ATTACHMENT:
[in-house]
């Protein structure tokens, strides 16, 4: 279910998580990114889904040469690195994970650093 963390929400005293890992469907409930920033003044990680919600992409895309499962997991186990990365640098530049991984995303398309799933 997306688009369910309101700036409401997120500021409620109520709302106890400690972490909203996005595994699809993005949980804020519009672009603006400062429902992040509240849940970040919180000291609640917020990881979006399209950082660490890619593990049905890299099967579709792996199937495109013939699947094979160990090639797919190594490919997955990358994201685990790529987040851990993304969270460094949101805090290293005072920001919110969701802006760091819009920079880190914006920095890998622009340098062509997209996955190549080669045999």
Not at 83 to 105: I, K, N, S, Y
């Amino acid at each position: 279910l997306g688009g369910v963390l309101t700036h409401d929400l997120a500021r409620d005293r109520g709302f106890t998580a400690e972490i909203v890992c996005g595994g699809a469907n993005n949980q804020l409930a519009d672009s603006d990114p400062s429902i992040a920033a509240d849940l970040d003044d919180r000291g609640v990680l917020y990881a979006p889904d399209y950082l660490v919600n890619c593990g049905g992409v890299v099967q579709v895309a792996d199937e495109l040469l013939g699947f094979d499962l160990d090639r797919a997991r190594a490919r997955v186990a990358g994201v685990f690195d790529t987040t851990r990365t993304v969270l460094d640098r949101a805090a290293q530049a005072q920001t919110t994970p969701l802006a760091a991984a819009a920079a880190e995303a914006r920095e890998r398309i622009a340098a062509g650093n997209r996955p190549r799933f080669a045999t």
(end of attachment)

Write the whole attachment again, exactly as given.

[in-house]
């Protein structure tokens, strides 16, 4: 279910998580990114889904040469690195994970650093 963390929400005293890992469907409930920033003044990680919600992409895309499962997991186990990365640098530049991984995303398309799933 997306688009369910309101700036409401997120500021409620109520709302106890400690972490909203996005595994699809993005949980804020519009672009603006400062429902992040509240849940970040919180000291609640917020990881979006399209950082660490890619593990049905890299099967579709792996199937495109013939699947094979160990090639797919190594490919997955990358994201685990790529987040851990993304969270460094949101805090290293005072920001919110969701802006760091819009920079880190914006920095890998622009340098062509997209996955190549080669045999």
Not at 83 to 105: I, K, N, S, Y
């Amino acid at each position: 279910l997306g688009g369910v963390l309101t700036h409401d929400l997120a500021r409620d005293r109520g709302f106890t998580a400690e972490i909203v890992c996005g595994g699809a469907n993005n949980q804020l409930a519009d672009s603006d990114p400062s429902i992040a920033a509240d849940l970040d003044d919180r000291g609640v990680l917020y990881a979006p889904d399209y950082l660490v919600n890619c593990g049905g992409v890299v099967q579709v895309a792996d199937e495109l040469l013939g699947f094979d499962l160990d090639r797919a997991r190594a490919r997955v186990a990358g994201v685990f690195d790529t987040t851990r990365t993304v969270l460094d640098r949101a805090a290293q530049a005072q920001t919110t994970p969701l802006a760091a991984a819009a920079a880190e995303a914006r920095e890998r398309i622009a340098a062509g650093n997209r996955p190549r799933f080669a045999t």